The value of references on a CV

The value of references on a CV

Friday 3rd September 2021
Jamie Hughes - Author and Career Coach at Your CV Consultant

About the Author
Jamie Hughes is a published author relating to CV Writing and also Career Coach and Senior CV Writer for Your CV Consultant. In his book, Marginal Gains: 88 Ways To Improve Your CV and Kick Start Your Career, he offers some great tips and advice which is a must read before you send off your next CV. Jamie also completes Video Call CV Packages, helping to propel your career to the next stage!

References are not critical for a good CV or a great CV.

Most employers do not check references until they have decided to offer you the job. However in terms of the overall recruitment process they are very easy to overlook leading to a monumental issue with the recruitment process.

I have seen many a great job offer sunk on the rocks of a disastrous referencing process.

My opinion is that if an employer is referencing you they have already decided to give you the job. Please don't fall at the final hurdle. Have contactable and willing references and the finish line will be in sight.

Writing references on your CV

A simple: 'References on request' will be fine. If you work in a service or sales based industry where you have worked with customers directly you may decide to use 'References and testimonials on request'.

If you are very confident about the quality of your referees you could also choose: 'Excellent written and verbal references on request'.

You will notice I never exceed one line on this section.

Never write the full details of your referees

Putting the full reference on your CV creates a couple of issues.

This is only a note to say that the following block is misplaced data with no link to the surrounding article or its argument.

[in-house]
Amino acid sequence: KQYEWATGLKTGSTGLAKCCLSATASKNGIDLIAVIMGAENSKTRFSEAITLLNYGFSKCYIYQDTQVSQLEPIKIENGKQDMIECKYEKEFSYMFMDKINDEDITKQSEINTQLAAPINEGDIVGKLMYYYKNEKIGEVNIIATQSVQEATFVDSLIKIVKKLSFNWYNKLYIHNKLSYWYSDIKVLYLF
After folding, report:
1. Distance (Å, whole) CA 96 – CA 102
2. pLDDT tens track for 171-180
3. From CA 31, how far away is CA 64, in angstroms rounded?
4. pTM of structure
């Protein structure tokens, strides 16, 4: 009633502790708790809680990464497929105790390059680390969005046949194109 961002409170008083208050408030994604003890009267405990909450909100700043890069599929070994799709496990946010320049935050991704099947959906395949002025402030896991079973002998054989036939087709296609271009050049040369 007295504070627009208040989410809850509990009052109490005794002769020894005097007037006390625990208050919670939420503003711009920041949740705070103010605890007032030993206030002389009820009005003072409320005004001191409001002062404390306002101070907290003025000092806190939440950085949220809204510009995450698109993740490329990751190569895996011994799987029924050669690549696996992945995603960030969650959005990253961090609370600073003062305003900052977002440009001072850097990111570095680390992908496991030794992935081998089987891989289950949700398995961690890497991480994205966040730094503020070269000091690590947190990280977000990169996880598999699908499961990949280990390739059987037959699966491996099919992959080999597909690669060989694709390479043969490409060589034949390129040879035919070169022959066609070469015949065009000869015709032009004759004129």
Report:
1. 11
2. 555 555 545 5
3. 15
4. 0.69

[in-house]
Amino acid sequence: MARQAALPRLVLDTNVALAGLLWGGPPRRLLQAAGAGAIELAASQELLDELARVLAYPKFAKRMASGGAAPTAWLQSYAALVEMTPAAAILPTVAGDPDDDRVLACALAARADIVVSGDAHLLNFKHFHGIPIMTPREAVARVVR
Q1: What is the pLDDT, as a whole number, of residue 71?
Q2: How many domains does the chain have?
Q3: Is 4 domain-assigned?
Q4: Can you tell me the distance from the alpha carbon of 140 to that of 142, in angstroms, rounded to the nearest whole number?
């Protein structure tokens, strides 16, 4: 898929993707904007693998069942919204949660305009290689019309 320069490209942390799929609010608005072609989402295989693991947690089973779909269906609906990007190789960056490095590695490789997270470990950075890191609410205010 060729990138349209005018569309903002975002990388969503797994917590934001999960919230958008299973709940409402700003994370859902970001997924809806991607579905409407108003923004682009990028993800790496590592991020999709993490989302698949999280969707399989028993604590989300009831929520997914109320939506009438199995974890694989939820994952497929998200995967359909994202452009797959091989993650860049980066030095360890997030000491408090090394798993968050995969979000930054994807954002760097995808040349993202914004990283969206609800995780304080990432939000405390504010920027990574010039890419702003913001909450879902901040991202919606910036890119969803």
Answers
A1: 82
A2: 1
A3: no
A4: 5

Firstly it takes up a lot of space on a CV.

Secondly you are revealing often confidential contract details of senior managers at organisations that can be used for a number of potentially insidious reasons on the Internet not least recruitment agents using them to sell their services.

Do them a favour and release those details when asked for them after the interview stage. It will not worry an employer at all that you don't declare them right away.

Always keep your references fresh

Always refresh your references as you approach each new job hunting drive.

Does your reference still work at that organisation? In the same position? With the same contact details?

Perhaps of more concern do they even remember you? Do they even want to be your reference?

It is greatly beneficial as well as polite to ask any reference you name to formally agree to the position. It may also be worth checking the position of the HR department of the organisation they work for as some HR departments do not allow individual staff to give out references.

Always make sure your referee remembers you and is happy to be contacted and will talk positively about you. It is illegal to give a bad reference but an employer can just give a position and dates if they choose to and those taking the references may draw their own conclusions if this happens.

What if you don't have any references?

Young people, the long term unemployed and the friendless sometimes struggle to find employer references. In this case you will be required to call on character references. It should go without saying that this cannot be your mum but I have seen it enough times to know it does need to be said.

A character reference should ideally be non-family and someone who has known you in some capacity for at least two years. Volunteering is a great way to get these.

For further help and advice in relation to your CV please email